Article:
‘Money’s the bitch that never sleeps.’ The subtitle of the movie is from that Gordon Gekko line. Such a shame they didn’t keep it that way for promoting the movie. It’s longer than the 3 key words, but its more exciting.
I should say that I haven’t seen the original. I wanted to, but not by paying £10 for the DVD.
I was expecting a lot more banking and finance drama than family drama with this… It turned out to become all about Gordon Gekko (Michael Douglas) and his daughter Winnie (Carey Mulligan) who doesn’t speak to him anymore. Which is all fine in terms of a story… But it wasn’t really about Wall Street, was it?
Ok so it was, kind of.
I found myself bored in many places. And in the ones I wasn’t, I wasn’t that excited or surprised or enjoying it. There was no really drama or tension in the film. Except for when Louie Zabel (Frank Langella) does what he does (trying to avoid spoilers). That was shocking. But that peak of drama came way too early. It was like a catalyst with a very disappointing reaction.
I wish they had gone the completely fictional way. Using the recent economic crisis was a great opportunity but it was wasted. If Oliver Stone had made it all up they would have had so much more they could do.
The film looked great. There were some really good tracking and steadicam shots. The one in Gordon’s apartment sticks out in my mind. I also loved the shot of the New York skyscraper when Shia LaBoeuf gets to his office the first time. Shame about him though. He really could not get anyway close to the screen presence Michael Douglas or Carey Mulligan have. Looking like a kid also does not work in his favour. It’ll be a while before he is proper big time drama material.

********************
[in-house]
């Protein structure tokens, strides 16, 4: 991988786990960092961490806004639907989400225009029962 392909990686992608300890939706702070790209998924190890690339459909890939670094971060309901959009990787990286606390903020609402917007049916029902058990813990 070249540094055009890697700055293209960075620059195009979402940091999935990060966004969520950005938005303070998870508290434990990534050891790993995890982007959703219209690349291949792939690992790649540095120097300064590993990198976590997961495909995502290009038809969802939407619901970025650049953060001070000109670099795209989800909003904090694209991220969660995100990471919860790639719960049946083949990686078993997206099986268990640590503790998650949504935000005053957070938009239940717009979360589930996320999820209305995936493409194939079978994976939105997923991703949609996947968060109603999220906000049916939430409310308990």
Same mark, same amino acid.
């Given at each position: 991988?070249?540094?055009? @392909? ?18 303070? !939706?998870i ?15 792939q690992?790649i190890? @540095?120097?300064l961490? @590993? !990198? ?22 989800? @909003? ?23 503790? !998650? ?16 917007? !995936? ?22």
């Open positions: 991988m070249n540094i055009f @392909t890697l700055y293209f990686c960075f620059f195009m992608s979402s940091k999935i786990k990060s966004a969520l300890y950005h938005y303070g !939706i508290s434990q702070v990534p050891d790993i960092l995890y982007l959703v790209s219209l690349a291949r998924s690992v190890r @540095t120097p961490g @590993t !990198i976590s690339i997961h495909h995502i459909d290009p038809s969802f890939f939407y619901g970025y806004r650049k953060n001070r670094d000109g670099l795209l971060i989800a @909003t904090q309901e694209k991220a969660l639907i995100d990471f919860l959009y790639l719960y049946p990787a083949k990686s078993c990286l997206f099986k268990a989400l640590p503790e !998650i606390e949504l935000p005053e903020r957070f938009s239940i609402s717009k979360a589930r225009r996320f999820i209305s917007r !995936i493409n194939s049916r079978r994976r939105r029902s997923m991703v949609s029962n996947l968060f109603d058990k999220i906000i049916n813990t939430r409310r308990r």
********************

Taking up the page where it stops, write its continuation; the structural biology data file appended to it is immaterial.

Carey Mulligan was good, as she usually is. But I wish had seen this before Never Let Me Go. She was nowhere near as brilliant in this, and ‘Winnie’ is going to be my memory of her till I see something else with her in it.
The cinema (Vue Islington) was surprisingly packed. Didn’t think so many people would want to see it on a Sunday afternoon.
As I said I haven’t seen number one, but this felt like such an unnecessary sequel. Oliver Stone can do so much better, so its a shame to see him do a film that just seems like a money making scheme.